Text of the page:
Saturday, March 22nd.—Porthallow
DIRECTORS: J. S. Flett and J. B. Hill.
Breakfast 8 a.m. At 9.30 drive to Porthallow : five miles. At Porthallow, on the south side of the cove, see the Lizard boundary fault bringing mica-schist against Palaeozoic "killas." It hades to south. On the Lizard side of the fault the first rock is mica-schist, with an intrusive sill of granite-gneiss, then hornblende-schist and epidosite ; next comes serpentine, with a gabbro vein. The serpentine is fine-grained, crossed by many veins, well banded, and is often sharply folded with the hornblende-schist.
The killas on the south side of the cove is represented by strong sandy beds but on the north side consists of calcareous phyllite, with a few thin chert seams, as well as much crush breccia. Then follows soda felsite, associated with pillow lava, much deformed, the former especially being often intensely shattered. In Nelly's Cove there is a marked development of radiolarian chert, and the associated sandy and argillaceous beds are much shattered, amongst them is seen a large lenticle of quartzite, and there is also a small limestone band, in which fossils were found by Peach. Northwards from Nelly's Cove calcareous, sandy and argillaceous killas occur, often highly disturbed; with crinoid fragments, but cherts are rare. At Fletching's Cove Silurian fossils were obtained by Mr. Sherborn. At Nelly's Cove is an excellent section of raised beach capped by "head," and the Pleistocene platform is often present along the section to the north.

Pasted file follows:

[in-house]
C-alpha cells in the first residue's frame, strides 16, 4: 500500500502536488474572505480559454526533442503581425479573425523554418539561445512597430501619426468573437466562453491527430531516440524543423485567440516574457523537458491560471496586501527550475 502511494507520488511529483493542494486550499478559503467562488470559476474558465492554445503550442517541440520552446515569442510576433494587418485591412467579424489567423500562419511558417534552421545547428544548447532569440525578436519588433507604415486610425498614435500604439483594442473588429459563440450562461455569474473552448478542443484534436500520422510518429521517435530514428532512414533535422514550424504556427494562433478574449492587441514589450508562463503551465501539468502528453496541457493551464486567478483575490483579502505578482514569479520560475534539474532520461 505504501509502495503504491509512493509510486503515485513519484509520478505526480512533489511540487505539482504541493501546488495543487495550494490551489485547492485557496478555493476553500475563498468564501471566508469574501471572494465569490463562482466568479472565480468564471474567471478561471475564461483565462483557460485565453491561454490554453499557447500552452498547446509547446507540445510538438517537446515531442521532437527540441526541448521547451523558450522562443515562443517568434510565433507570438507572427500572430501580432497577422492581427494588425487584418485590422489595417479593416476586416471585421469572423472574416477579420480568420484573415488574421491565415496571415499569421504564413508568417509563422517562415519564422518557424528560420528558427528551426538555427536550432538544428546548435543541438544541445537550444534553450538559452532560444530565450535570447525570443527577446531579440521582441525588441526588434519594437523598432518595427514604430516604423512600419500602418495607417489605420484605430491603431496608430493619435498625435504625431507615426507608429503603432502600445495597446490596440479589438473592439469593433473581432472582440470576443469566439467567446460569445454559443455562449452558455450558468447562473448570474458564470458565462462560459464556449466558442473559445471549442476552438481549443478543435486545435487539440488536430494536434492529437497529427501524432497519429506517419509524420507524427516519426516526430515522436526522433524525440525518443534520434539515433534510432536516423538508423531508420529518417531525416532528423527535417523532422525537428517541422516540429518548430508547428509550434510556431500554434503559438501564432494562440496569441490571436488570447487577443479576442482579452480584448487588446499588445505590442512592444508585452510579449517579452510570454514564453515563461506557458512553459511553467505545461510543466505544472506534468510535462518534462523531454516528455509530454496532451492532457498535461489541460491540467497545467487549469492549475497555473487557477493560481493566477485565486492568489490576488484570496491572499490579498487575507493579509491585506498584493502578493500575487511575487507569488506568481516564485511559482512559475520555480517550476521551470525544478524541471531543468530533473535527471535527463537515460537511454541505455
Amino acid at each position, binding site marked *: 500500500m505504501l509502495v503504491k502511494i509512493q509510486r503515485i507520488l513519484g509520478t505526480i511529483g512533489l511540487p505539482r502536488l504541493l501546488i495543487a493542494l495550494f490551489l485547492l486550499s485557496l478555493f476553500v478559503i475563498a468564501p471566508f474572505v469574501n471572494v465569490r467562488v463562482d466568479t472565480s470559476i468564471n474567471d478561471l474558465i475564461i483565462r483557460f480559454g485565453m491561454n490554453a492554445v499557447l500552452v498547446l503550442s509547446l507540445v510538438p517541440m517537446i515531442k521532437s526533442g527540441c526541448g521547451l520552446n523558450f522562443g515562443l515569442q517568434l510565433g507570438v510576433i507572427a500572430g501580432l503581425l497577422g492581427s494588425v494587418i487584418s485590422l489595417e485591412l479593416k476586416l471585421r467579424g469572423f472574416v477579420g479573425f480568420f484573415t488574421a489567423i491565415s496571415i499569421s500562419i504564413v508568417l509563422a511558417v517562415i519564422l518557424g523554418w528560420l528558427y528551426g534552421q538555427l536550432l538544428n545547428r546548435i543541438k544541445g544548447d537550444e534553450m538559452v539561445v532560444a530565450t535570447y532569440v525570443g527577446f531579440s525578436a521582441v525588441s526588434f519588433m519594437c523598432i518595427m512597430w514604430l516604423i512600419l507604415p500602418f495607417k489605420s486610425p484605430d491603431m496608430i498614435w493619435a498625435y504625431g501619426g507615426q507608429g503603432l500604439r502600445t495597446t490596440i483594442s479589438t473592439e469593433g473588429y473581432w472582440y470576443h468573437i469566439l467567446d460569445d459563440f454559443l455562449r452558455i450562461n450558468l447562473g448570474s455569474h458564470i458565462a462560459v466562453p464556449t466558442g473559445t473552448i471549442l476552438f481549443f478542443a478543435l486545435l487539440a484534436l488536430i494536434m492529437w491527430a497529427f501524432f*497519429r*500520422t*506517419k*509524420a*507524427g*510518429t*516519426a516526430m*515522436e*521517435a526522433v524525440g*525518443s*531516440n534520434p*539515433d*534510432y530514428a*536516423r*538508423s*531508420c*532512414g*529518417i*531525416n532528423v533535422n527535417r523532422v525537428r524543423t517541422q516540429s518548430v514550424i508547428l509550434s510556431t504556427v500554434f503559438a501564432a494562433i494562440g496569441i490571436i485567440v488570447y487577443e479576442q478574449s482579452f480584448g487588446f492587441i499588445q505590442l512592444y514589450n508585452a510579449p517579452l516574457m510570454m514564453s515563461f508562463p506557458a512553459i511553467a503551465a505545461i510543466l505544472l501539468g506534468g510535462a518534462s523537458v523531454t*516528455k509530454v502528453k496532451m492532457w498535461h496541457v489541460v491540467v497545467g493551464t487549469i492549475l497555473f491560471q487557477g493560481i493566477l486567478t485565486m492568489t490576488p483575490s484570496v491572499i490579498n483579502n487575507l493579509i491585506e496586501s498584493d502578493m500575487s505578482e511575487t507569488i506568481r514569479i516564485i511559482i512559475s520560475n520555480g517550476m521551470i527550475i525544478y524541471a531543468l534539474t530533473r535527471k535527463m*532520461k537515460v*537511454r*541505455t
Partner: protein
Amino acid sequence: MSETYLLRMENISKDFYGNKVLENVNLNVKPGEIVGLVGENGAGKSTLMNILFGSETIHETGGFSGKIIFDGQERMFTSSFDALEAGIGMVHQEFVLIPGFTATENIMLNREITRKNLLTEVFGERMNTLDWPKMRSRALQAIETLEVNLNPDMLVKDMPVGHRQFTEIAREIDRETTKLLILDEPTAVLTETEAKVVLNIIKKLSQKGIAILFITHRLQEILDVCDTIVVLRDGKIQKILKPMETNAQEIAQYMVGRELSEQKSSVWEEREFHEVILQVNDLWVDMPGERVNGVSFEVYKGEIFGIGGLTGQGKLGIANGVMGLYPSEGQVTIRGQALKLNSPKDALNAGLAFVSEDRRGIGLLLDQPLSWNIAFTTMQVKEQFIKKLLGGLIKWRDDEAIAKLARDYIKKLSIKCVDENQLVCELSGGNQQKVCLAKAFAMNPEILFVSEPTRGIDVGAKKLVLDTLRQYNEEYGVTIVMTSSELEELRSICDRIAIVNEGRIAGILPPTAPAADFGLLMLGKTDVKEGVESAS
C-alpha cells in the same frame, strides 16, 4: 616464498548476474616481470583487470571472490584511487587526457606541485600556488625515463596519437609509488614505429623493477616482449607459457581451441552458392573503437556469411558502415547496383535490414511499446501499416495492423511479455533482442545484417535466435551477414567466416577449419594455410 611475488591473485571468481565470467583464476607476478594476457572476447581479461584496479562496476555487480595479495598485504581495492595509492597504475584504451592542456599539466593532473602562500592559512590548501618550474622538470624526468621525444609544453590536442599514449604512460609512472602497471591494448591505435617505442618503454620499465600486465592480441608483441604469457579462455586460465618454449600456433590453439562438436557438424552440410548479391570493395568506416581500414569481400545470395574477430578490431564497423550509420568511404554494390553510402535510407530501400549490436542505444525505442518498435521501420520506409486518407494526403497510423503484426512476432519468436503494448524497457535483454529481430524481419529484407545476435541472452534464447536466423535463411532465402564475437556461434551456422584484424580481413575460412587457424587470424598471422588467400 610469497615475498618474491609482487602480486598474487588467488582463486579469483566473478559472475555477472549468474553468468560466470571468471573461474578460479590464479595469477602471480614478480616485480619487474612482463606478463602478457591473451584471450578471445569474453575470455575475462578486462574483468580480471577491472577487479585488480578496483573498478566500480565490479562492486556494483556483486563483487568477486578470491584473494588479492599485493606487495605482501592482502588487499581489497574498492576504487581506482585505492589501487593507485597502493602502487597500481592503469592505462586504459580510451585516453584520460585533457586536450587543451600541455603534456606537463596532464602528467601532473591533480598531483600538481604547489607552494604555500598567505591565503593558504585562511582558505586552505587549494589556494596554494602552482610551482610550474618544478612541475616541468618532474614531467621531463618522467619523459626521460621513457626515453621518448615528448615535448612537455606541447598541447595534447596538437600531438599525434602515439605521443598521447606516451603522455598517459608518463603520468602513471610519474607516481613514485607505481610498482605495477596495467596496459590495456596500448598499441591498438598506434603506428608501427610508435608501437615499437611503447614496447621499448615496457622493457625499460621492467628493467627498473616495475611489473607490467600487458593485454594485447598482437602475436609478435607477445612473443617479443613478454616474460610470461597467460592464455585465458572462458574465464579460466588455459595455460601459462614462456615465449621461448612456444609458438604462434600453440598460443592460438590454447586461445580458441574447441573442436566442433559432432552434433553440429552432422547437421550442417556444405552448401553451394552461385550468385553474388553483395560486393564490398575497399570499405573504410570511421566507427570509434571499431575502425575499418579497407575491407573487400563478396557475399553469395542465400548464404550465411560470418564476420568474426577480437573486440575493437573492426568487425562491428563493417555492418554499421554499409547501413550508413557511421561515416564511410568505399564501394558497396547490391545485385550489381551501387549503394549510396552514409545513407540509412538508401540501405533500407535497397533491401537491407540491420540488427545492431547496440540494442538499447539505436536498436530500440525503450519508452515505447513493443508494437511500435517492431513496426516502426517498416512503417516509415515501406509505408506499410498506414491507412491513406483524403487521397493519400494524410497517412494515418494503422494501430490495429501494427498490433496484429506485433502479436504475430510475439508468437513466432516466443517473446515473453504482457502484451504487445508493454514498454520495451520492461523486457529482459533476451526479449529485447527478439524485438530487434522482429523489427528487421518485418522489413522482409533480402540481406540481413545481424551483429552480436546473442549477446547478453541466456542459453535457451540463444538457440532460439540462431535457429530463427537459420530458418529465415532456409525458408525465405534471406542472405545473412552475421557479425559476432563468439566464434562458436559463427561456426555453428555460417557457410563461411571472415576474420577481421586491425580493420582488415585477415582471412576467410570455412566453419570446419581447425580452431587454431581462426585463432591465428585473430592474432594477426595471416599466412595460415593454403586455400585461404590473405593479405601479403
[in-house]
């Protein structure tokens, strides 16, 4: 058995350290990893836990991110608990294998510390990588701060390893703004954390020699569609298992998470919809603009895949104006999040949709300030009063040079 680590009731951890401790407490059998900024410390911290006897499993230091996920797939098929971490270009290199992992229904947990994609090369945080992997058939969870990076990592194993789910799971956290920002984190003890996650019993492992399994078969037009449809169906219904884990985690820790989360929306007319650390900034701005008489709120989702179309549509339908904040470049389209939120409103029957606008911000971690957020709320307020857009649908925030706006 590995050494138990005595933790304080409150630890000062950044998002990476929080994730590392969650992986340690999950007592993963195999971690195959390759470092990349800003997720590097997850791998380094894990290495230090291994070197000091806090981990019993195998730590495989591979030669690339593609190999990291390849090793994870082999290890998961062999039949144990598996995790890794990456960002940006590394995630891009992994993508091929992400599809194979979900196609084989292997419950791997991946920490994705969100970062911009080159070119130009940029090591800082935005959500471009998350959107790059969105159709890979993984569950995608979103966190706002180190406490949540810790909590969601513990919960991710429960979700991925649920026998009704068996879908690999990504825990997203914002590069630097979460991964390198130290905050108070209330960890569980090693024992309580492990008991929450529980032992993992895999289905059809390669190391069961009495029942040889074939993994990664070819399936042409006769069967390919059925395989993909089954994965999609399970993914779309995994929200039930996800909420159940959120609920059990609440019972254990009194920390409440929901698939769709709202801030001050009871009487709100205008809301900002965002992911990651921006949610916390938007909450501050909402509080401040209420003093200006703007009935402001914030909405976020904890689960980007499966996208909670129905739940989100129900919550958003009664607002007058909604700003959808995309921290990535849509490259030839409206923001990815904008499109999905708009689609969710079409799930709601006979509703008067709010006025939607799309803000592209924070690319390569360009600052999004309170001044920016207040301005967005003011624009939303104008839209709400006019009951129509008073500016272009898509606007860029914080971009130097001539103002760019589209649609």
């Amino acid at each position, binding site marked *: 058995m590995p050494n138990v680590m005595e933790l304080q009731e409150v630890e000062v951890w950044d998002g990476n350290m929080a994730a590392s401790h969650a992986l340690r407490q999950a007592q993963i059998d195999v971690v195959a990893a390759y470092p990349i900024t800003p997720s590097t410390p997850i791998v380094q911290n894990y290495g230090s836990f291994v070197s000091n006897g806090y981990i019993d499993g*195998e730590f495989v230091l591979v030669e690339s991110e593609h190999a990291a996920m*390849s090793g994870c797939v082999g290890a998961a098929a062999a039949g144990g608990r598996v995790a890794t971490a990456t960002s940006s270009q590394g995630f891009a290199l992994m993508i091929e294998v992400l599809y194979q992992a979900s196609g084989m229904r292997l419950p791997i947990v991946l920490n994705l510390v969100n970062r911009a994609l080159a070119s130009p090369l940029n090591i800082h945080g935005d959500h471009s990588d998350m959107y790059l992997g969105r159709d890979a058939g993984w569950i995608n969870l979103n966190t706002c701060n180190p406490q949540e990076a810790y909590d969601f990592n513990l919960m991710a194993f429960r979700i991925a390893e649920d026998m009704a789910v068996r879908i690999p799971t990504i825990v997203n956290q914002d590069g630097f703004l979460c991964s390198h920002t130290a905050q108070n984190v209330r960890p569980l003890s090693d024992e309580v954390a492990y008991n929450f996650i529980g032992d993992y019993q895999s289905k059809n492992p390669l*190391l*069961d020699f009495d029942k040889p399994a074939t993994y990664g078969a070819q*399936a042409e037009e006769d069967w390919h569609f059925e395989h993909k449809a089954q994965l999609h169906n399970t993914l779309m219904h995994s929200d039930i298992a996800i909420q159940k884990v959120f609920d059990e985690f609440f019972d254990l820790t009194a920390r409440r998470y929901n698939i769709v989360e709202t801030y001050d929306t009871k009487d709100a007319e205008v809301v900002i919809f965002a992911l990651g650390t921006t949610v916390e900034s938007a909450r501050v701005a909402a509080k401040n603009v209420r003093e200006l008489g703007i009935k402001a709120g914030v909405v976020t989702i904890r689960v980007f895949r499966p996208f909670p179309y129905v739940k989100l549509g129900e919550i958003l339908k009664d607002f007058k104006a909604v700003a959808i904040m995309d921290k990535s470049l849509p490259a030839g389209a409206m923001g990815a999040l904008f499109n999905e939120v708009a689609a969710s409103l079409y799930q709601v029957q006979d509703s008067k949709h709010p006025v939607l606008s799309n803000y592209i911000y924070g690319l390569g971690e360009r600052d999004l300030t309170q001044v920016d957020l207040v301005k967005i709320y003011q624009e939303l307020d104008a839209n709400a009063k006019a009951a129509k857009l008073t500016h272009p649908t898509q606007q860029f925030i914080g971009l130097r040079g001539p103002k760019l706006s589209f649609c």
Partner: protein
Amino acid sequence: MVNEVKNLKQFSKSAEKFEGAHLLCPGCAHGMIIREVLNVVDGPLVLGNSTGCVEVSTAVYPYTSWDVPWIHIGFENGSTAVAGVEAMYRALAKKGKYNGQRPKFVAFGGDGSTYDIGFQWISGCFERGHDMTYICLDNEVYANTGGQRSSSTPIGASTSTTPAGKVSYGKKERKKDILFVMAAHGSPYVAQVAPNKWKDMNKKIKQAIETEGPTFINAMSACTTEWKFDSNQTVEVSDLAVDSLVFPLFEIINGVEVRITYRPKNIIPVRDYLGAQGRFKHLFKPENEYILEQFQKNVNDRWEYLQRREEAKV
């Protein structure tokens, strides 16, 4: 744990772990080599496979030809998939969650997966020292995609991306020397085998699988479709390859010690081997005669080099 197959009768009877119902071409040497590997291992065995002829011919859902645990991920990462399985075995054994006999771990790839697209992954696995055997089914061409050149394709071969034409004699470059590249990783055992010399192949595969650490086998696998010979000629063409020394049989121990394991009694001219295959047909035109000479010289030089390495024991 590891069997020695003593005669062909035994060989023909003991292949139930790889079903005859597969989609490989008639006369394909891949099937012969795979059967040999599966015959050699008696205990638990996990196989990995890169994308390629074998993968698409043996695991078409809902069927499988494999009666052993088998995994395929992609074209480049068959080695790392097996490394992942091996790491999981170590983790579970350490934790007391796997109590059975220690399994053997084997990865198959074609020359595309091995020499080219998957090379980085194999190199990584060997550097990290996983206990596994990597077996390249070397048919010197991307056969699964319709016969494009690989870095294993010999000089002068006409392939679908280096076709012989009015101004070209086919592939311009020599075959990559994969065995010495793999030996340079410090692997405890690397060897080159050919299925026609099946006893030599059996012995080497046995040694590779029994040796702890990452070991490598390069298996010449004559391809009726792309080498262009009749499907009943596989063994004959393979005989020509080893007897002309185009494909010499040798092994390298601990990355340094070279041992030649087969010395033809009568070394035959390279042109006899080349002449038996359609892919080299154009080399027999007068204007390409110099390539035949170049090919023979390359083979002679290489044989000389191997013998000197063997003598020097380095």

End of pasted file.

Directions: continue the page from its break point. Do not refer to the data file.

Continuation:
Returning to St. Keverne we pass over mica-schists, with fine horn blende-schists and quartz-hornblende-granulite. The Treleague Quartzite will also be seen ; it contrasts strongly with the quartz-granulites, which are much more metamorphic, although they show excellent bedding. Near St. Keverne we again reach the gabbro country, and take the footpath to Coverack. Tea at St. Kevernene, 9d. Dinner 7 p.m. Walking distance six miles. Probable cost of drive, 8d.
On Sunday, March 23rd, we may walk over to Carrick Luz, two-and-a-half miles distant, and thus save time for Tuesday, which will be a very full day.
Monday, March 24th.—Nare Head to Manaccan
DIRECTOR: J. B. Hill.
Breakfast 8 a.m. At 9.30 drive to Penare (six miles). Examine the quartzite below Penare. Between this and the Nare Head metamorphosed Vcryan beds are seen on the coast, consisting of felspathic quartzites, granulites, and phyllites, some of which are spotted, and show much deformation., At Nare Head the Devonian conglomerate appears, but the Veryan beds are seen on the shore beneath the Devonian at Polnare Cove, consisting of much deformed killas with lenticles of quartzite and limestone. The Devonian shales at this locality yielded plant remains. The Devonian beds are represented along the coastline as far as Gillan Harbour, where their relations with the underlying Ordovician are again seen. Midway across Men-aver-Beach a mica trap cuts the Devonian conglomerate, The cliffs along this beach arc made up of a deposit of " head" resting on a raised beach. From Gillan Harbour walk to Tregithey, where there is the most easterly exposure of the Manaccan hornblende-schist. At Cairn, just beyond, there is a large quarry of Veryan sandstone in a brecciated condition. At the head of Gillan Creek the hornblende-schist, much brecciated, is well exposed on the hillside, and the mica-schist in association with it is seen in a small quarry. Further up the valley leading to Manaccan the less altered phyllites of this metamorphic belt will be seen showing the biotite spotting. In the main road below Manaccan the granophyre is exposed in the bank amongst shattered killas. Tea at Manaccan.